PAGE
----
Three experienced researchers in the Radboud Institute for Molecular Life Sciences have been awarded prestigious NWO-Vidi grants, each 800.000 Euros, to develop their own innovative lines of research.
Vidi is part of Innovational Research Incentives Scheme from the Netherlands Organisation for Scientific Research (NWO). Vidi is aimed at outstanding researchers who have carried out their doctorates and several years of successful research. NWO selected the winners based on the quality of the researcher, the innovative nature of the research, the expected scientific impact of the research proposal and opportunities for knowledge utilization.
The RIMLS management congratulates Geert van den Boogaart (Tumor Immunology), Bart Smeets (Pathology) and Bas Dutilh (CMBI) with this Vidi grant and wishes them every success in their projects.
Geert van den Bogaart (Tumor Immunology)
Project: Activation of the immune system.
Certain white blood cells (dendritic cells) activate T cells by presenting them fragments of pathogens or tumor cells. The VIDI project will address the cellular pathways that lead to pathogen presentation, with the aim to identify targets allowing for more efficient activation of the immune system. These insights could lead to new treatments of cancer and other (immune-related) diseases.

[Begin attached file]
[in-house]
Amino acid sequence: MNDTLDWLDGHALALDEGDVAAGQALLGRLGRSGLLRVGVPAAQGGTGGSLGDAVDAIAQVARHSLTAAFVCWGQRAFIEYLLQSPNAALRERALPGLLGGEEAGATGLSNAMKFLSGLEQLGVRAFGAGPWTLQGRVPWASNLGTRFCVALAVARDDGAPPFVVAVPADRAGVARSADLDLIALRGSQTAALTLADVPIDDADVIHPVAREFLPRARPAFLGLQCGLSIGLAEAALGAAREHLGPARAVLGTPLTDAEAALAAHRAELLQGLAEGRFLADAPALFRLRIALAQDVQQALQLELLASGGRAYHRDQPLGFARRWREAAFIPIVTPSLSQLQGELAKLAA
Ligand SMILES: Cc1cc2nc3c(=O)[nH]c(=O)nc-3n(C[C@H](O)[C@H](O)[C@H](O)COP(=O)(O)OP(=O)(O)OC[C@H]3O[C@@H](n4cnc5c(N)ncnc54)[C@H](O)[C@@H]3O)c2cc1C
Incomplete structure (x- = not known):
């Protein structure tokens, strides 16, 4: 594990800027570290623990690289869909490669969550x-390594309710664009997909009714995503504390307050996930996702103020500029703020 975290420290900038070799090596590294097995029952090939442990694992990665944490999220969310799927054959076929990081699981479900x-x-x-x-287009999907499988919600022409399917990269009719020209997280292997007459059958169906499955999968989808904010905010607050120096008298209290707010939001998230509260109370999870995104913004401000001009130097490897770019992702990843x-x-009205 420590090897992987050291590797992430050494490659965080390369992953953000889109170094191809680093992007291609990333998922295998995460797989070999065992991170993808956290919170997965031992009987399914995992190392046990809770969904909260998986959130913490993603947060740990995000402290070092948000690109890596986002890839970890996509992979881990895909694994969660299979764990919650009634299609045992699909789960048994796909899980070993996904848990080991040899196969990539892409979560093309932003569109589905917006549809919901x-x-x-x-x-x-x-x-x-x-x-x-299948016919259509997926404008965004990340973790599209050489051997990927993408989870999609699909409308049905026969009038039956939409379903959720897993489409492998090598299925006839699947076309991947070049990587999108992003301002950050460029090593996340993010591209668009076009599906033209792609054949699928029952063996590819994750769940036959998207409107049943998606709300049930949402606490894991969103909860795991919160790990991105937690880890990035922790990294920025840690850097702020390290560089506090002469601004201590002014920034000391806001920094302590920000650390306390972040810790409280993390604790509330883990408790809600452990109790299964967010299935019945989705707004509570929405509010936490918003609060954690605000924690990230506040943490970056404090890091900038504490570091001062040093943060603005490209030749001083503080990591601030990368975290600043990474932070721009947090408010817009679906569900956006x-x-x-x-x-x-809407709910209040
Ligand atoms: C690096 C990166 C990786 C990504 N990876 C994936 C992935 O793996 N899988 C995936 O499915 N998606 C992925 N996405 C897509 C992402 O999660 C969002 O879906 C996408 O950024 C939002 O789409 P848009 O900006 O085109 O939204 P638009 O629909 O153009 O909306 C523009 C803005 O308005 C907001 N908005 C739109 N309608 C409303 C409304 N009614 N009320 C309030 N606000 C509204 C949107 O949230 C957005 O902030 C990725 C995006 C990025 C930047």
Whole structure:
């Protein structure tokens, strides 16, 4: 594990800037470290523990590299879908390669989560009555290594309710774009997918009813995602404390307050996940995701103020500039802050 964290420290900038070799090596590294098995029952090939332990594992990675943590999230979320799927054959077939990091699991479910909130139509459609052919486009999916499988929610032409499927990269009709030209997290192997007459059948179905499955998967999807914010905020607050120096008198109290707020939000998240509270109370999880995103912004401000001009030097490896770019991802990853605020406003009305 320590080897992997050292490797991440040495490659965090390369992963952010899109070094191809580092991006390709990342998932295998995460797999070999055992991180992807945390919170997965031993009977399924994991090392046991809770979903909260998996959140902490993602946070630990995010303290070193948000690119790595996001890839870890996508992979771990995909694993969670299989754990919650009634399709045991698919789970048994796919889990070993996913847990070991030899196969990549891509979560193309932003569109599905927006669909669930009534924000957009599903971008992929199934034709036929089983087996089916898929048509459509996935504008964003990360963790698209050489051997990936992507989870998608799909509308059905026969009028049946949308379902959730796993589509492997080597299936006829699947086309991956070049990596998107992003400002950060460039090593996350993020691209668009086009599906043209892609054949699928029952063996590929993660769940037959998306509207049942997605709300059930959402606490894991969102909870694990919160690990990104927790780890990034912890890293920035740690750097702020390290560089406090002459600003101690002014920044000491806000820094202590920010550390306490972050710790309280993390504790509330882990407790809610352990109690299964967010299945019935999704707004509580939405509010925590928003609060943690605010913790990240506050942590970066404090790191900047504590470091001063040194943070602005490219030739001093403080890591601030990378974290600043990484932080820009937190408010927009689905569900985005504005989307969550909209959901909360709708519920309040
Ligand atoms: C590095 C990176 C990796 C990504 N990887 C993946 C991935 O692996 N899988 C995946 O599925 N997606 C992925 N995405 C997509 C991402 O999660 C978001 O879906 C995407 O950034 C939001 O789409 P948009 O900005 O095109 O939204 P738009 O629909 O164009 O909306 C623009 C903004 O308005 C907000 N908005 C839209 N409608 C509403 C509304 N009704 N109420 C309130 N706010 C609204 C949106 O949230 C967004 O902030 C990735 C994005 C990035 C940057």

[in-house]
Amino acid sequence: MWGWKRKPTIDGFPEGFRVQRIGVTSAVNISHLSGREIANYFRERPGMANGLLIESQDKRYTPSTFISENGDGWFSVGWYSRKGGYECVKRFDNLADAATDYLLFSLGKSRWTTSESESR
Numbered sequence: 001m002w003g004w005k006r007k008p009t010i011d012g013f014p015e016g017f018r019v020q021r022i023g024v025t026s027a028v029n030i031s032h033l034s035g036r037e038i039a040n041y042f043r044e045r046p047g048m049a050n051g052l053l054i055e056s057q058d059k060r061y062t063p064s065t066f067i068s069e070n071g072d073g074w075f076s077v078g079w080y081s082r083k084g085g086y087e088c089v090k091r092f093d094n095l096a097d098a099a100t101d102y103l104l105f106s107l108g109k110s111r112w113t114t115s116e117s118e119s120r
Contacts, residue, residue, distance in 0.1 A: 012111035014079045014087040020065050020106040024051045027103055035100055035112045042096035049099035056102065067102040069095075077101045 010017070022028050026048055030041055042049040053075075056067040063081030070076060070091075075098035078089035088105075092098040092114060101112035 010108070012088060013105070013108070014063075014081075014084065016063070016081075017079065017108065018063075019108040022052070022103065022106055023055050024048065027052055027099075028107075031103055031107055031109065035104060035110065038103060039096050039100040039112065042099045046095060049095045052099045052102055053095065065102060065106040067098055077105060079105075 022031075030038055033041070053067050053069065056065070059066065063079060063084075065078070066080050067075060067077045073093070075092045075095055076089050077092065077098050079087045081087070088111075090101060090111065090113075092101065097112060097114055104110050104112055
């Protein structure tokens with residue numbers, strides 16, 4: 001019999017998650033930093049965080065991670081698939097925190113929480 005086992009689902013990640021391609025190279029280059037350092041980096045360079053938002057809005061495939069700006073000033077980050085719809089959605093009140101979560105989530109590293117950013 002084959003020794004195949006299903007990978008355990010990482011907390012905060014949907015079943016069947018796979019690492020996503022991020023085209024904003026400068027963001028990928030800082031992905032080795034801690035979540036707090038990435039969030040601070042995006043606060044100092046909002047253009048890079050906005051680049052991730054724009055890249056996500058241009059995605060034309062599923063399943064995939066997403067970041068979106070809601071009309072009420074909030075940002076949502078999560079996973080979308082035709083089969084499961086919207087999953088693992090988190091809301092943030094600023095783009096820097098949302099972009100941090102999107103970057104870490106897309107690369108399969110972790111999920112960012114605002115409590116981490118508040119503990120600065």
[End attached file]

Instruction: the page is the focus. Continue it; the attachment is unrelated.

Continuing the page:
Bart Smeets (Pathology)
Project: Damage control in progressive kidney disease
Progressive kidney damage is a common problem in patients with chronic kidney disease. Bart Smeets will study the significance of the signal protein SDF-1 in preventing and repairing damage to the cells of the kidney glomerulus, the kidney tubules and the small blood vessels in the kidney. SDF-1 is an important protein involved in neovascularization and restoration of damaged tissues. His ultimate goal is to develop a treatment which makes recovery of kidney damage possible.
Bas Dutilh (CMBI)
Bacteriophages (viruses infecting bacteria) are the most abundant biological entities on earth and play major roles in all ecosystems by affecting the phenotypes and diversity of bacteria. In this project, Bas Dutilh will discover novel phages associated to the human gut by analyzing new and recycled metagenomic datasets, and develop bioinformatic tools and computational models to study how they contribute to intestinal biodiversity. The tools will be vital to fully exploit the increasingly available metagenomes from all ecosystems, and understand how phage-bacterial interactions shape our microbial world.
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